Darren McMannis looks for victims of murder, but he is not a law enforcement officer — he is a historian.
What started out as some quick research for an article for the Harvey County Genealogical Society Newsletter turned into reams of material McMannis shares in presentations and will compile into a book.
"For me, it's about these people's stories," McMannis said.
According to his research, in the 145 years of Harvey County's existence, 145 murders have been recorded in 125 separate incidents. The majority of those incidents occurred before 1925.
McMannis focused on murders that have a connection to Harvey County, whether committed in the county lines or elsewhere by county residents. In some cases, Harvey County residents were killed as they travelled. There have even been a few instances, such as with BTK, where murder victims died elsewhere, but had their bodies dumped in Harvey County.
To track down the details of each case, McMannis relied heavily on newspapers of the day.
"It's lots of time on the microfilm machine at the library," McMannis said.
He gathered records from police reports in other states, searched online sources and walked cemeteries to try to piece together the puzzle of why and how each victim was assaulted. In that search, he came to see Harvey County as a "microcosm" of murder.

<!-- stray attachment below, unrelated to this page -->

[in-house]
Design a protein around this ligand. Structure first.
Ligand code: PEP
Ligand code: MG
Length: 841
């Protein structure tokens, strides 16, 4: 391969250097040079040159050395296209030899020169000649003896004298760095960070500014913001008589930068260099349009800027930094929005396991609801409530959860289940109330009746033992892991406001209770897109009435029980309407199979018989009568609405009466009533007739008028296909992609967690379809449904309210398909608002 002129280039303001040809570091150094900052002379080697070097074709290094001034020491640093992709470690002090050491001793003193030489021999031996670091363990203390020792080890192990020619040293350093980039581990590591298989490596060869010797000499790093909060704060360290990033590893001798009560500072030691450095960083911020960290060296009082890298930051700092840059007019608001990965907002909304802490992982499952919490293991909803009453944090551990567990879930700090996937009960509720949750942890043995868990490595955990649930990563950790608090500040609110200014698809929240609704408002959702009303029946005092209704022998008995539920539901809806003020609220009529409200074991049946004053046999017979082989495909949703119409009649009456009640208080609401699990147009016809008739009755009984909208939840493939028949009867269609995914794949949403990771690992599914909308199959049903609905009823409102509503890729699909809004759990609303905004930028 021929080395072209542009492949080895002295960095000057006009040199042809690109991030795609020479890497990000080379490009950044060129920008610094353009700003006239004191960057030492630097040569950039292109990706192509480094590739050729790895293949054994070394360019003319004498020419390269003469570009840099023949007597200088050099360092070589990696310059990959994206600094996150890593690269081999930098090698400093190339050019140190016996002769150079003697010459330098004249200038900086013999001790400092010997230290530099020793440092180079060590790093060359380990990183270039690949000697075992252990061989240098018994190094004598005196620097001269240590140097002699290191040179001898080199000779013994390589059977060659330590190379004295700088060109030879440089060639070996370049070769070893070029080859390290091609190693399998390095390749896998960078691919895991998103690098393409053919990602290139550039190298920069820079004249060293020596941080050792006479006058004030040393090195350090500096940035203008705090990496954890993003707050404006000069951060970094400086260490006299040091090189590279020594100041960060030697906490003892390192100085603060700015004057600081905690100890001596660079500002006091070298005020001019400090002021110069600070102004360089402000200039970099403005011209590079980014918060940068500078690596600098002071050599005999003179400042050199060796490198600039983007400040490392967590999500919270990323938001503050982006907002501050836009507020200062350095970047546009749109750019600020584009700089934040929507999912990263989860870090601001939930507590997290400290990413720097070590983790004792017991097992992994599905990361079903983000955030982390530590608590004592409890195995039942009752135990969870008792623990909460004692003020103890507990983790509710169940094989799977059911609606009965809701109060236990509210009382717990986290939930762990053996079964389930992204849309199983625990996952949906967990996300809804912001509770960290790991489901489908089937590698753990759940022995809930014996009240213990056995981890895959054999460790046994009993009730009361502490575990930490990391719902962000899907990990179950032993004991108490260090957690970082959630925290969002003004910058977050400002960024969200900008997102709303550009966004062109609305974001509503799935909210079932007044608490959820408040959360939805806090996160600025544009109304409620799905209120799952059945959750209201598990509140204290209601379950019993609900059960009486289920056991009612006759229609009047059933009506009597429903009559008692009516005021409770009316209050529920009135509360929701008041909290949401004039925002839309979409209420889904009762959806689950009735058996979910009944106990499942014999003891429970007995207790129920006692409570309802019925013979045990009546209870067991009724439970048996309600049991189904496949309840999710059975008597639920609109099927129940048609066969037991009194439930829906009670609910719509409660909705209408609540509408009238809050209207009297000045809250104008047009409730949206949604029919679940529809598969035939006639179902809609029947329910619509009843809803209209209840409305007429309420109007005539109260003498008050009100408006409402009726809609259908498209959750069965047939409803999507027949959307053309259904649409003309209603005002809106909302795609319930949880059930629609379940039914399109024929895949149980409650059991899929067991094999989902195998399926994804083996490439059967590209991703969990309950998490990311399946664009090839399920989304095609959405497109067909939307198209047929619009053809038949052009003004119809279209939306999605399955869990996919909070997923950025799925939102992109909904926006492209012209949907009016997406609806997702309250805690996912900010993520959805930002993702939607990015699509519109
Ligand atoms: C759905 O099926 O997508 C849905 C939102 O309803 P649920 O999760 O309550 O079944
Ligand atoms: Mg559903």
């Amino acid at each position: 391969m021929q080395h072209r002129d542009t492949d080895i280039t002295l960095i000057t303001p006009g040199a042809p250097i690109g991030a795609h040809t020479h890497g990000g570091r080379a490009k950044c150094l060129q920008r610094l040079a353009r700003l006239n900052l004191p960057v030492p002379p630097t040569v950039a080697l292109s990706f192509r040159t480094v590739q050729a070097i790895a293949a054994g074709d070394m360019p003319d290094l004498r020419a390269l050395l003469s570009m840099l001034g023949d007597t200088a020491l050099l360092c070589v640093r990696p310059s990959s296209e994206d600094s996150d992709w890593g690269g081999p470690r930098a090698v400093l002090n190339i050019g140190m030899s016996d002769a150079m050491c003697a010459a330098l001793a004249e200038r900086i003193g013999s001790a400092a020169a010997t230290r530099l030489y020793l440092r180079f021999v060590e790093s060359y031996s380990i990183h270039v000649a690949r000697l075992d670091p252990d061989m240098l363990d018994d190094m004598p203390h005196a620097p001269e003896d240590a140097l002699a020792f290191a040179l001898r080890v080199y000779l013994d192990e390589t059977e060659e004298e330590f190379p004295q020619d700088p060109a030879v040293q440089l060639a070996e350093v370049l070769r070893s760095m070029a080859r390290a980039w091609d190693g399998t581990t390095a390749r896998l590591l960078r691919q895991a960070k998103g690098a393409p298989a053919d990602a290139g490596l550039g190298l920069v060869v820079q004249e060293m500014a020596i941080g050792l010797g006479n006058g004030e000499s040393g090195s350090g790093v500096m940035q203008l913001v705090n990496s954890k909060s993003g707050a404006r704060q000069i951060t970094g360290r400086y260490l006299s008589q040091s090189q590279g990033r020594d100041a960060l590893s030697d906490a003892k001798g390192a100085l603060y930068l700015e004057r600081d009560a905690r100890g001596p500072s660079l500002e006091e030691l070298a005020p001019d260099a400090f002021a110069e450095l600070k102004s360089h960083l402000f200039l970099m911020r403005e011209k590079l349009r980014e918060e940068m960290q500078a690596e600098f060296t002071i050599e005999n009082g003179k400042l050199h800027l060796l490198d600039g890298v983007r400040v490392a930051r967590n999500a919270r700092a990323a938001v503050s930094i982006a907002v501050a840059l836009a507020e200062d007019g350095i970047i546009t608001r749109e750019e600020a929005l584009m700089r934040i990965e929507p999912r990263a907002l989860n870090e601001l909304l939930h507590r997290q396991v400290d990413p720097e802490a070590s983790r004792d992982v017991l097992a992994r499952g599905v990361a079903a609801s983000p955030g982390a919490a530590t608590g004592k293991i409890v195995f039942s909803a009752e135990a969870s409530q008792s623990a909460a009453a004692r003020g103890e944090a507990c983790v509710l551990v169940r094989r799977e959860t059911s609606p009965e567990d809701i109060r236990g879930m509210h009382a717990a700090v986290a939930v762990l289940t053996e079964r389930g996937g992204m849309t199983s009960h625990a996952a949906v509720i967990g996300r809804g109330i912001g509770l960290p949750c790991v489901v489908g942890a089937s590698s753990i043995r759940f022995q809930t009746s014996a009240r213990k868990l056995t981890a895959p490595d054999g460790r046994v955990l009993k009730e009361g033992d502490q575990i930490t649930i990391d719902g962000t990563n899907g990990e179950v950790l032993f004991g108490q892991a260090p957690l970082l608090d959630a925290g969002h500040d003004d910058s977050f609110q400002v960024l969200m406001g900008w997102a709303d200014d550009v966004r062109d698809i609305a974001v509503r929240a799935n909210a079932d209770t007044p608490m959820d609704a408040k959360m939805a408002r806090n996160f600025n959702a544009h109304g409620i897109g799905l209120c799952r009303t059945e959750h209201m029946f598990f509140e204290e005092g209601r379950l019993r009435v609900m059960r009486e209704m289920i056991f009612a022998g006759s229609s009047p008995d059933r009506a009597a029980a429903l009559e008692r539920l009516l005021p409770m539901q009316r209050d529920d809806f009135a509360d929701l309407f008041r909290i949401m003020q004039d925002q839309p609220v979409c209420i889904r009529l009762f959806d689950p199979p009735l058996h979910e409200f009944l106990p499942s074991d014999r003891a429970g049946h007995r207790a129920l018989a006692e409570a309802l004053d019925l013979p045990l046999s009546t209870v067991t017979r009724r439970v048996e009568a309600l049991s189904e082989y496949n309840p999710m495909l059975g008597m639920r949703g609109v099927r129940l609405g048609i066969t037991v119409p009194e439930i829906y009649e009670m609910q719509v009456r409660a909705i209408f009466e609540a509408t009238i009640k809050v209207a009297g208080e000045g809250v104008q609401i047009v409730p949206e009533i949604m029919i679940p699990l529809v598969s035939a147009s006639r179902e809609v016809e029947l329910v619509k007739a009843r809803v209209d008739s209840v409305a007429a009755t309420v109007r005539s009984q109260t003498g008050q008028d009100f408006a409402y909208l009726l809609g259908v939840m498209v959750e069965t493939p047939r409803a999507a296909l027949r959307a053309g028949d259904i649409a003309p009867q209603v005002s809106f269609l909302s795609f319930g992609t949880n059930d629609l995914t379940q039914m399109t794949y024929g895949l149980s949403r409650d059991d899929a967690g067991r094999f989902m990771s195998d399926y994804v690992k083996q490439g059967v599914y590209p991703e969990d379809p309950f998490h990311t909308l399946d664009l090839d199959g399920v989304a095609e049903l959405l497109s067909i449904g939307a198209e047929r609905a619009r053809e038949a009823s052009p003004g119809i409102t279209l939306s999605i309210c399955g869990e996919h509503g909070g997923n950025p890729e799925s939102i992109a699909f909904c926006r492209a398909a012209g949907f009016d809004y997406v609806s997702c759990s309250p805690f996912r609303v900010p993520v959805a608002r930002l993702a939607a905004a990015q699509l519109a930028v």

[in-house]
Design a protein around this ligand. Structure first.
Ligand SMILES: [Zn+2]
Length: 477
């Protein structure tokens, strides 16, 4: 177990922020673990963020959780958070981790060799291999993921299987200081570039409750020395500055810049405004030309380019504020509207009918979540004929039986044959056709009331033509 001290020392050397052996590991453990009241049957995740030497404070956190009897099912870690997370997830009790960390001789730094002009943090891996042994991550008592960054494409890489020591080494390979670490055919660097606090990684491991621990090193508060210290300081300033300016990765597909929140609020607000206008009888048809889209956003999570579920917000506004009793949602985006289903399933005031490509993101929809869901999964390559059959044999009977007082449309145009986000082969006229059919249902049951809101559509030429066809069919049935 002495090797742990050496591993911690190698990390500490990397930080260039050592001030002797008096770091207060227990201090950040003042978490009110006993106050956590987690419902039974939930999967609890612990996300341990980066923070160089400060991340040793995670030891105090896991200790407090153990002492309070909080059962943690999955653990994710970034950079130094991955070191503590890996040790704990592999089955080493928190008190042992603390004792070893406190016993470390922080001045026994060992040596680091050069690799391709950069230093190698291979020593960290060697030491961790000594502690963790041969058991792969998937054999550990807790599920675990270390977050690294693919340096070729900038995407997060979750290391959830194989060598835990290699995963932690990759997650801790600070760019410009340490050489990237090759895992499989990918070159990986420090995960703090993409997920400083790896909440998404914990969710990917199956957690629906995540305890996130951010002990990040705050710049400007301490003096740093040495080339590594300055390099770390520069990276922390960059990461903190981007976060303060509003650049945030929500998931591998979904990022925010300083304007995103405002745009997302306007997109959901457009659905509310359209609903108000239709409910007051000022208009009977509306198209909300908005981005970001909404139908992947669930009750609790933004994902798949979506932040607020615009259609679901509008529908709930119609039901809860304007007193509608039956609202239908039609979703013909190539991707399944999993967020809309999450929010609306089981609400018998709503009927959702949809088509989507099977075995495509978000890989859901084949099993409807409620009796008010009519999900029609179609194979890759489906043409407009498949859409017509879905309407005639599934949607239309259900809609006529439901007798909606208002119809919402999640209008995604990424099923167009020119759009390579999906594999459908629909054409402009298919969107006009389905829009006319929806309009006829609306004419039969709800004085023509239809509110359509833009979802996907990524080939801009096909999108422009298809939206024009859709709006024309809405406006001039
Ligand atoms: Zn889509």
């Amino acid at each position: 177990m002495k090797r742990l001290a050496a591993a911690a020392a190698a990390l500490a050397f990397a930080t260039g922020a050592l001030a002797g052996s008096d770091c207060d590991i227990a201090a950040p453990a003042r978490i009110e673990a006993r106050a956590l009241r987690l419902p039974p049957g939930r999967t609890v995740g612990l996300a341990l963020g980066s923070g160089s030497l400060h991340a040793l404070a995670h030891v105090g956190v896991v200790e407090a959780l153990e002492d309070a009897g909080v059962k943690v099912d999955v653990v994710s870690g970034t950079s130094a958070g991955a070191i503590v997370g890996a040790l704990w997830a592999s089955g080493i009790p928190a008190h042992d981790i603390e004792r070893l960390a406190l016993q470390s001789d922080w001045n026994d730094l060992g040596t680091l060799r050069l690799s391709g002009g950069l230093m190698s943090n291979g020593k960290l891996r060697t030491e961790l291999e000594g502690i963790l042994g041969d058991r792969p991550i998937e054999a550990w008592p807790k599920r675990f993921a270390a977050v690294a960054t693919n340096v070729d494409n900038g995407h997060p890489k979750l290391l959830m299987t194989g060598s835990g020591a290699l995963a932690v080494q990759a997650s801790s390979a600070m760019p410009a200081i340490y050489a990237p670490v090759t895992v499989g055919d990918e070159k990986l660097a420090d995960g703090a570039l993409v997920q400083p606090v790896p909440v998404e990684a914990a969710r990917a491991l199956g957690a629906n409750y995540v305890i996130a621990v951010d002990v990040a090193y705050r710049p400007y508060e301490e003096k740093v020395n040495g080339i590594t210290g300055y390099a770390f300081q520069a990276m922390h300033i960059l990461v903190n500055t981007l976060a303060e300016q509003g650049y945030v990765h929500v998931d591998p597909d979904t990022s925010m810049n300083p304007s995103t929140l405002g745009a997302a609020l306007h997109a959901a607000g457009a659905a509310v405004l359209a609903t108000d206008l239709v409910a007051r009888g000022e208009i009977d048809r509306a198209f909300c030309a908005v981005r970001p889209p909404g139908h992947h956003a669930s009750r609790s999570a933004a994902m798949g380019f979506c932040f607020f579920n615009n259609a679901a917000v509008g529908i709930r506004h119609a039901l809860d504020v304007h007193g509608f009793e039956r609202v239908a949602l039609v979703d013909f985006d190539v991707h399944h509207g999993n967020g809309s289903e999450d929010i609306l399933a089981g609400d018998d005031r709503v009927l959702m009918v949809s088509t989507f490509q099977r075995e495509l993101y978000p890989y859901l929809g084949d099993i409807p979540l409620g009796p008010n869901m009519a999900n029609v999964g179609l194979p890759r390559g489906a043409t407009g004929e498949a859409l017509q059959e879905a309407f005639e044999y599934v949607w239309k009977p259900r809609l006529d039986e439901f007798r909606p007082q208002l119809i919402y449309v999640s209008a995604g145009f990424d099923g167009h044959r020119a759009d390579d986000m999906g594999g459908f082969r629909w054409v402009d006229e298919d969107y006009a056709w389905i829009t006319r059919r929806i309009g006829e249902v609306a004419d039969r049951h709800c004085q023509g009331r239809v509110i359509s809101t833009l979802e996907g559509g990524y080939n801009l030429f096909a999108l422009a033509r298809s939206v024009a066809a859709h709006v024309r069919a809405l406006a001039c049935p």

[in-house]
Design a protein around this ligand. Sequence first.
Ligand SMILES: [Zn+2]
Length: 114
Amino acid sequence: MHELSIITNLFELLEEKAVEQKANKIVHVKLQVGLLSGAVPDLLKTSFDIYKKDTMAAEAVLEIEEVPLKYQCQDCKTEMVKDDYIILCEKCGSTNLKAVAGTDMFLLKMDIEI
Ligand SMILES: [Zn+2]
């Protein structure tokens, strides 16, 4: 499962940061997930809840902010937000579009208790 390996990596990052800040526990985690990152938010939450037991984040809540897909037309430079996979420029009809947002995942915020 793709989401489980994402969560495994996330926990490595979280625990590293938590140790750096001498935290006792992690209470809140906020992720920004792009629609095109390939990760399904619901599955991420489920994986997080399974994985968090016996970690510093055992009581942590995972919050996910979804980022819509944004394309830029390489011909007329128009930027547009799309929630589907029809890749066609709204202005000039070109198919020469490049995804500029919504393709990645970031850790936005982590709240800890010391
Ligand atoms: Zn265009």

"They came out of greed, jealousy, pride or anger," McMannis noted. "It was often a result of a love triangle."
Though some murders were committed using a gun, other weapons were used as well.
"If there wasn't a gun at hand, they grabbed a knife. If there wasn't a knife, they used a brick," McMannis said.
In most instances, the violence occurred when white males attacked other white males. In the early years of the county's existence, when the murders involved victims or perpetrators who were African-American or Hispanic, fewer details were recorded both in the papers and in police reports.
Murder cases in Harvey County were often open and shut affairs. Few went unsolved, even if the murder was arranged by a third party. Those convicted of murder were sentenced to jail and most spent between 13 and 20 years incarcerated before being released. The death penalty has never been imposed in Harvey County.
The only active unsolved murder case in Harvey County is the death of Sean Ormsbee, who died in a fire intentionally set at his apartment in 2008.
McMannis will present "Early Times Murders in Harvey County" at 7 p.m. March 27 at the Sedgwick Senior Center, 105 W. 5th in Sedgwick. He will also speak at Grand Central at 6 p.m. May 18 and at the Newton Public Library on July 18.
McMannis' book, set to be published later this year, will feature a forward written by former Harvey County Sheriff T. Walton.
"We need to tell these stories before they are forgotten," McMannis said.